In a time not so long ago, humanity existed without the internet, social media, mobile devices, electric lighting and even the taps that give us running water!…
Design and Technology: 3D Design (AQA)
In a time not so long ago, humanity existed without the internet, social media, mobile devices, electric lighting and even the taps that give us running water!
All these products have come from the imagination of designers, many of whom began their design careers with a 3D Design A-Level course.
This is a course about being a creative and innovative problem solver; about designing products that improve peoples’ lives. It involves spotting problems, researching and then producing exciting new products that use materials in unusual and surprising ways.
Course Content & Assessment:
Component 1 (60%)
This is a practical investigation supported by written material, in a way that is similar to your GCSE coursework folder.
Students are able to independently select a focus for their project, and are required to research a designer, engineer or craftsperson.
This research will then be used to produce a range of design ideas, complete some development and testing of different manufacturing processes, which will lead to the manufacture of a finished product.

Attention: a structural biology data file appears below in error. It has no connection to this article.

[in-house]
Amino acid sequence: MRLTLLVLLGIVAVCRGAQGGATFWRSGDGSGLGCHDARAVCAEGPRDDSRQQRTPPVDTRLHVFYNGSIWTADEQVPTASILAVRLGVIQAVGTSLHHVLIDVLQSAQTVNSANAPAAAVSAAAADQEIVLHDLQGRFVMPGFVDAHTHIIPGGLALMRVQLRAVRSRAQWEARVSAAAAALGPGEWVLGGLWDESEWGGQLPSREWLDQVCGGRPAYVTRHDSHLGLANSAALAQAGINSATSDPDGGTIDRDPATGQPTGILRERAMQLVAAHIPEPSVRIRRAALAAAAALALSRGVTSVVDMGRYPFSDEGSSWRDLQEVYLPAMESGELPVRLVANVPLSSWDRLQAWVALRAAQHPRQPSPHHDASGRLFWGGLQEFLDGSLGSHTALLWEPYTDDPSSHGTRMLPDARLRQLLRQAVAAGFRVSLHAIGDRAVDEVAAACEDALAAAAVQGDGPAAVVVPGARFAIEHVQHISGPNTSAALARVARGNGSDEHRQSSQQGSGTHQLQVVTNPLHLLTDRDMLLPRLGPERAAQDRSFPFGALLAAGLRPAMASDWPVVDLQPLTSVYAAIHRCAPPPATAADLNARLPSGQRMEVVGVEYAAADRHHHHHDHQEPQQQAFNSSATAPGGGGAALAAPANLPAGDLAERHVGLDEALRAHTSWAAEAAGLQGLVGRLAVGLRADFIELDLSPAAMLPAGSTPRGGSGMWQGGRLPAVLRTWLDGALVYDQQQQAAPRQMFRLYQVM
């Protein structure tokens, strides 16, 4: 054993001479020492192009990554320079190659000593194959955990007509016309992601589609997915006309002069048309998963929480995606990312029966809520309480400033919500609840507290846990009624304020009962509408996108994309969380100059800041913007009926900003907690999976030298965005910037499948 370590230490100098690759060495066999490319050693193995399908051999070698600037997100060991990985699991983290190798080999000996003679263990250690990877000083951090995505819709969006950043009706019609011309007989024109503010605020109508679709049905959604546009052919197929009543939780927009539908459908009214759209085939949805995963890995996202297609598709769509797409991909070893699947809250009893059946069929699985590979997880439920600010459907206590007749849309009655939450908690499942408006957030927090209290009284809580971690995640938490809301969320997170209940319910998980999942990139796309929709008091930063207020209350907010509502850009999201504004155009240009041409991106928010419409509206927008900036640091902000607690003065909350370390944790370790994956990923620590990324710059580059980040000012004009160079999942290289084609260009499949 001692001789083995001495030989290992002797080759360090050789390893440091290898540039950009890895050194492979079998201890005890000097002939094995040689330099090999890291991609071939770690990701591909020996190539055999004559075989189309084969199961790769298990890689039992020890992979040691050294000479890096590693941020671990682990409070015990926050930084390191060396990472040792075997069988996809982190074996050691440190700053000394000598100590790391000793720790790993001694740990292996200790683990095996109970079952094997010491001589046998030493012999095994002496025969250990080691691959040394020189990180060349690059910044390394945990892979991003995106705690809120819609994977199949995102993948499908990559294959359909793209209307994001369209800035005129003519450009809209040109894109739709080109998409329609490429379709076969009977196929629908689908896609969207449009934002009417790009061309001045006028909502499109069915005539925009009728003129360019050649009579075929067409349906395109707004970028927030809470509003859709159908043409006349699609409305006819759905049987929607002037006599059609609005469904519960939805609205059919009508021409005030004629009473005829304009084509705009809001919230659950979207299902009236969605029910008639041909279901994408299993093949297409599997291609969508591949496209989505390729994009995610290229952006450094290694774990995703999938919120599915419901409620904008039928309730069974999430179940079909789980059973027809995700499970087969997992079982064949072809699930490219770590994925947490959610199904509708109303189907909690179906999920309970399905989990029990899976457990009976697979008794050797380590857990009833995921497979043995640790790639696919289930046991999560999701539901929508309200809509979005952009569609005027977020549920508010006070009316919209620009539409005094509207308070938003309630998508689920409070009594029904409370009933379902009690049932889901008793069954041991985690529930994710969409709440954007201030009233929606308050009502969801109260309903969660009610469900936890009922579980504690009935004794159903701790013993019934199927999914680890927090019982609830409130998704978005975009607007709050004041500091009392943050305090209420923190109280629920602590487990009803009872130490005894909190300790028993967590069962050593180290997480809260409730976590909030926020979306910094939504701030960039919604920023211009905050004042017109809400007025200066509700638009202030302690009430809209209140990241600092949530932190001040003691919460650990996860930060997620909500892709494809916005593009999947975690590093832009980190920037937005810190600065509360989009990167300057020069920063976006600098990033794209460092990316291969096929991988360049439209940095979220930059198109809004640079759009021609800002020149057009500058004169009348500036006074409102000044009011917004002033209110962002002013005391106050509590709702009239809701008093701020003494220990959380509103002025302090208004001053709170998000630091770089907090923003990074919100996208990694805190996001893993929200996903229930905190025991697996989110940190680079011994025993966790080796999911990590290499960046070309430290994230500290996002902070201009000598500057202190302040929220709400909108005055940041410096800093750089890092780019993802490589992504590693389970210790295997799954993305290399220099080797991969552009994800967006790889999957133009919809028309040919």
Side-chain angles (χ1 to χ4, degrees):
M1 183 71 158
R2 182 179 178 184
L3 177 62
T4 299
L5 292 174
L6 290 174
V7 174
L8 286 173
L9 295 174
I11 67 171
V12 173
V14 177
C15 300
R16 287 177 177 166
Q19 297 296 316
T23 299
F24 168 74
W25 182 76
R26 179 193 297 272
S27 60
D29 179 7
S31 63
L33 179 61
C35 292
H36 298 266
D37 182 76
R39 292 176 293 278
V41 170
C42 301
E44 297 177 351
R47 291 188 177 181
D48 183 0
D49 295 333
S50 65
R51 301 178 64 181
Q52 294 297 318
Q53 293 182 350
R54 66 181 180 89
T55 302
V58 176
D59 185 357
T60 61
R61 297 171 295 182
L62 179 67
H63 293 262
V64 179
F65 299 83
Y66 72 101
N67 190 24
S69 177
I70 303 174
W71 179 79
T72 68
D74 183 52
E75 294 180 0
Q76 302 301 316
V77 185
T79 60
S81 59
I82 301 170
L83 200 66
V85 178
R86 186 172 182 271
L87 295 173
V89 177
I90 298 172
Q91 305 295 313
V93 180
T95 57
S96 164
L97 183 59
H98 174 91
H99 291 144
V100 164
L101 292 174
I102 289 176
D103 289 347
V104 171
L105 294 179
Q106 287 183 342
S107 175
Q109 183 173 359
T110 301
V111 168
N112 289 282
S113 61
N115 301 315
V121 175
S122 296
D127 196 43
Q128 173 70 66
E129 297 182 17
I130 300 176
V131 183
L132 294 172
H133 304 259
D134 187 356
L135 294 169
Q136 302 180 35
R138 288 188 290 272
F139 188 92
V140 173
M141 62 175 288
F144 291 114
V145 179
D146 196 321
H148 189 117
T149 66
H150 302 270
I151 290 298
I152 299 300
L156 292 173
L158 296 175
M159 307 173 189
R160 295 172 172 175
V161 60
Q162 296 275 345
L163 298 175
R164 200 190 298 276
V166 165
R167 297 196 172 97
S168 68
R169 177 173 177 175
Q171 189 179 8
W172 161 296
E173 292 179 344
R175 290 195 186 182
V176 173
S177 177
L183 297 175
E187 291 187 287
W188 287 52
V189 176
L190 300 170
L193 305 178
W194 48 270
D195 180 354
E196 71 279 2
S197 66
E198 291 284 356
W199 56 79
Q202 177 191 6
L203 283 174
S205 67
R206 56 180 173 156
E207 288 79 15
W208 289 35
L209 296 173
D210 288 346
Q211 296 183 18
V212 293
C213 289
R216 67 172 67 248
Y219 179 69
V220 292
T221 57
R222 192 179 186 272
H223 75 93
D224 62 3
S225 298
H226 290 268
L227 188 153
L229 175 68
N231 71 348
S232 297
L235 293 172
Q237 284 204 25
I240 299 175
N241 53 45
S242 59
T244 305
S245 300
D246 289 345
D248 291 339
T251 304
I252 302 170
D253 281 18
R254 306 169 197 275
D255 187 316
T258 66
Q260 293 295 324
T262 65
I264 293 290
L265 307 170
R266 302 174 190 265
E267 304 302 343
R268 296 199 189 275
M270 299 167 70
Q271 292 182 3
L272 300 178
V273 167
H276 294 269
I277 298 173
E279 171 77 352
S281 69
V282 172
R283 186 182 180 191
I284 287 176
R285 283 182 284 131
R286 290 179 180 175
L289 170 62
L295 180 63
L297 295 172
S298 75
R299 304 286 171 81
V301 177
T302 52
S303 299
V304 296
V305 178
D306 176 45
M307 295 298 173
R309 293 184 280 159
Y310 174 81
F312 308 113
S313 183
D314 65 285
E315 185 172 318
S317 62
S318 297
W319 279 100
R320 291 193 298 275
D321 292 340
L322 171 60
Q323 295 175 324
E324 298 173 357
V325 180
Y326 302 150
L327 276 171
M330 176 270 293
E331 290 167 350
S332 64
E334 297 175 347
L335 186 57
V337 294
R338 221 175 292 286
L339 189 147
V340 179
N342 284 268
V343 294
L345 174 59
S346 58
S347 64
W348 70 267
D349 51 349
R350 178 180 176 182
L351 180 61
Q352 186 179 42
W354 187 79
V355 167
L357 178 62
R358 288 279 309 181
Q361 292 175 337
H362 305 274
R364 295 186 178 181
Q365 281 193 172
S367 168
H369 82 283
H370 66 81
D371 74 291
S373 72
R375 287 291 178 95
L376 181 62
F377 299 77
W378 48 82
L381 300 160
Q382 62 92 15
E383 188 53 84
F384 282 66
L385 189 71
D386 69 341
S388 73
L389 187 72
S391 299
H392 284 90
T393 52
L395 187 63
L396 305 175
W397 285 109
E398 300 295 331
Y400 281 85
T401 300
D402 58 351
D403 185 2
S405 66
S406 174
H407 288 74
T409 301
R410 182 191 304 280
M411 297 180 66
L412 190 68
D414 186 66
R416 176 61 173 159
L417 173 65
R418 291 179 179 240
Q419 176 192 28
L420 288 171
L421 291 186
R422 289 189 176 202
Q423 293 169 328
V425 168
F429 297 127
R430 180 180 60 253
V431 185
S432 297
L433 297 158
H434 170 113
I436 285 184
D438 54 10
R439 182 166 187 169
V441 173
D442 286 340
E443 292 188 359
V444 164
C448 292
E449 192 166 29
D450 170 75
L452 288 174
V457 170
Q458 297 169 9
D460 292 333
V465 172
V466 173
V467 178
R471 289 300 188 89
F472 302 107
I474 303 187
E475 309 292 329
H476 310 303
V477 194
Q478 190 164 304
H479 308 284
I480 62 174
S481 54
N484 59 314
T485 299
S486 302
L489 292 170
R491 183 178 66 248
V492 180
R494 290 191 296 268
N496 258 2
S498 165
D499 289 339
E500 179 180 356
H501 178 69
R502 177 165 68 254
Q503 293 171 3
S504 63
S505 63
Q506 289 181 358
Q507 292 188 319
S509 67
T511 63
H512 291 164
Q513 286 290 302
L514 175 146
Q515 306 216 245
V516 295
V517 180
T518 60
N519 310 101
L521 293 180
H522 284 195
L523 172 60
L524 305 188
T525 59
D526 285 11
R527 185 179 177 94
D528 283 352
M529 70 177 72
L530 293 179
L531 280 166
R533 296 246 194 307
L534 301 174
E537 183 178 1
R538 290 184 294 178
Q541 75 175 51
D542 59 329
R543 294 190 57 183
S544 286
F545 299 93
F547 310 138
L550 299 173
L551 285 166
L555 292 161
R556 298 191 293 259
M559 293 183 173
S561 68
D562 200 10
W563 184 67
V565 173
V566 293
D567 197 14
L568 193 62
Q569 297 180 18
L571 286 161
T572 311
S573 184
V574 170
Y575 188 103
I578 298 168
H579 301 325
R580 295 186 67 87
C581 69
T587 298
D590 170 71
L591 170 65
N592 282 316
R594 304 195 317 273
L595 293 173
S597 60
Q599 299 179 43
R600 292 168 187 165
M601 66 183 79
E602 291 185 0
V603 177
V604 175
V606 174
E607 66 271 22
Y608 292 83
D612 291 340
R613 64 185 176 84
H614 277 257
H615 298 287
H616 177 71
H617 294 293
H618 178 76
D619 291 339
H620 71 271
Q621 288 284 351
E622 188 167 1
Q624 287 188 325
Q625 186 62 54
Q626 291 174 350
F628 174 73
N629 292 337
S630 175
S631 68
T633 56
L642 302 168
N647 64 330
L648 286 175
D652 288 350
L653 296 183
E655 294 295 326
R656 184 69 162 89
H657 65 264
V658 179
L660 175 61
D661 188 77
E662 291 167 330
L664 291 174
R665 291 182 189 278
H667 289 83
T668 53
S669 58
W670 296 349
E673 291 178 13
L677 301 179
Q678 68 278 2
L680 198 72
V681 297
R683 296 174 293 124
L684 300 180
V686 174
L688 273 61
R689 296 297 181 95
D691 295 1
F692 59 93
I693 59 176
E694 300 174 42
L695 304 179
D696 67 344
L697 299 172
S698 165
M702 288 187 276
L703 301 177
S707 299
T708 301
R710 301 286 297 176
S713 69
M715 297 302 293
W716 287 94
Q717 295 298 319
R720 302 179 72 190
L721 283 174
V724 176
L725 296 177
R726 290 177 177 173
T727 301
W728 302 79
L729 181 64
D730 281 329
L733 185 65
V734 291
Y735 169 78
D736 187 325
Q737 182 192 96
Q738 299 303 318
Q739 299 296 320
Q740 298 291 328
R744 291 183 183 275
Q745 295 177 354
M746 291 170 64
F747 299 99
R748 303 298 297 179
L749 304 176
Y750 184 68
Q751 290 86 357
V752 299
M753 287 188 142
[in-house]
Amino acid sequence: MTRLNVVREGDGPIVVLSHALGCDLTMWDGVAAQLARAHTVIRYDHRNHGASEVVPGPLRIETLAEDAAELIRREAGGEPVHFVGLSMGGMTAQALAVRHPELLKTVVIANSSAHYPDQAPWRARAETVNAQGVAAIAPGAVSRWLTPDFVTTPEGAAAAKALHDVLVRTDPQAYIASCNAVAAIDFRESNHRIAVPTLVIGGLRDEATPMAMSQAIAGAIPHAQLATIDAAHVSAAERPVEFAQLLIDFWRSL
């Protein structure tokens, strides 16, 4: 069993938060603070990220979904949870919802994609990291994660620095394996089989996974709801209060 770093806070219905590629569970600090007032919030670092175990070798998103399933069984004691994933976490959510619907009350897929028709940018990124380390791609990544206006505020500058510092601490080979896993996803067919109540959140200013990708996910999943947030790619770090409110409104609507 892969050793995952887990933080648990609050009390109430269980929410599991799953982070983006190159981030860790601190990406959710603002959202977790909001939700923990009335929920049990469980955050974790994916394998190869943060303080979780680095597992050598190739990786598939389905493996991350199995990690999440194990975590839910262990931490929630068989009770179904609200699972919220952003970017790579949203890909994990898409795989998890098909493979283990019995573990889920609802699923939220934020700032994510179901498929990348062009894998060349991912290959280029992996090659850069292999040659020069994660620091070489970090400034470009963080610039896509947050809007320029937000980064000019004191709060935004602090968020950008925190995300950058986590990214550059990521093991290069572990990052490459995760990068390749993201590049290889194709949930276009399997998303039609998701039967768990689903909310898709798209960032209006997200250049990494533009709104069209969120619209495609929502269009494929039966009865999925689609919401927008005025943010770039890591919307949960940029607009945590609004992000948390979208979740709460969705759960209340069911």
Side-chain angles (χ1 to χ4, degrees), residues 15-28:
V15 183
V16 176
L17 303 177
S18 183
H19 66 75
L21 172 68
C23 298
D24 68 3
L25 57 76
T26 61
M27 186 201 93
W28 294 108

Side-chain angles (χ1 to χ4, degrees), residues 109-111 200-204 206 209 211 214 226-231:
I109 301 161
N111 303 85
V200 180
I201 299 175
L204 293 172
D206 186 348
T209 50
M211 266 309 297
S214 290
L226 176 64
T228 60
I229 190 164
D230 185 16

Component 2 (40%)
Response to externally set title
This component will start in February of Year 13. You will select, with support from your teacher, a design brief from a range of set briefs from the examination board.
You will undertake extensive and detailed research and produce a wide range of innovative design solutions during a preparatory session.
You will then have 15 hours to manufacture a fully working prototype based on the supporting work completed.
The classes will be taught in a range of styles. Lessons to prepare you for the two components will use skills workshops, online resources and practical demonstrations/activities.
Lessons at the start of Year 12 will develop your creativity and ability to communicate your design ideas verbally and graphically, whilst allowing you the opportunity to experiment with new manufacturing processes.
You will be expected to work much more independently across all units than you have at GCSE. The course aims to develop your skills in creative and practical problem solving, working independently is central to this aim.
For those students wishing to work in the design or manufacturing industry this course is the first step. It can lead to a range of degree courses including Product Design, Architecture or Engineering to name a few.
Alternatively, some students prefer to move onto a BTEC Foundation Course to expand their creativity into wider disciplines before deciding on a specialised degree course.
A career as a Designer or Engineer are just two of many possibilities. Some students have also gone on to Apprenticeship courses supported by employers.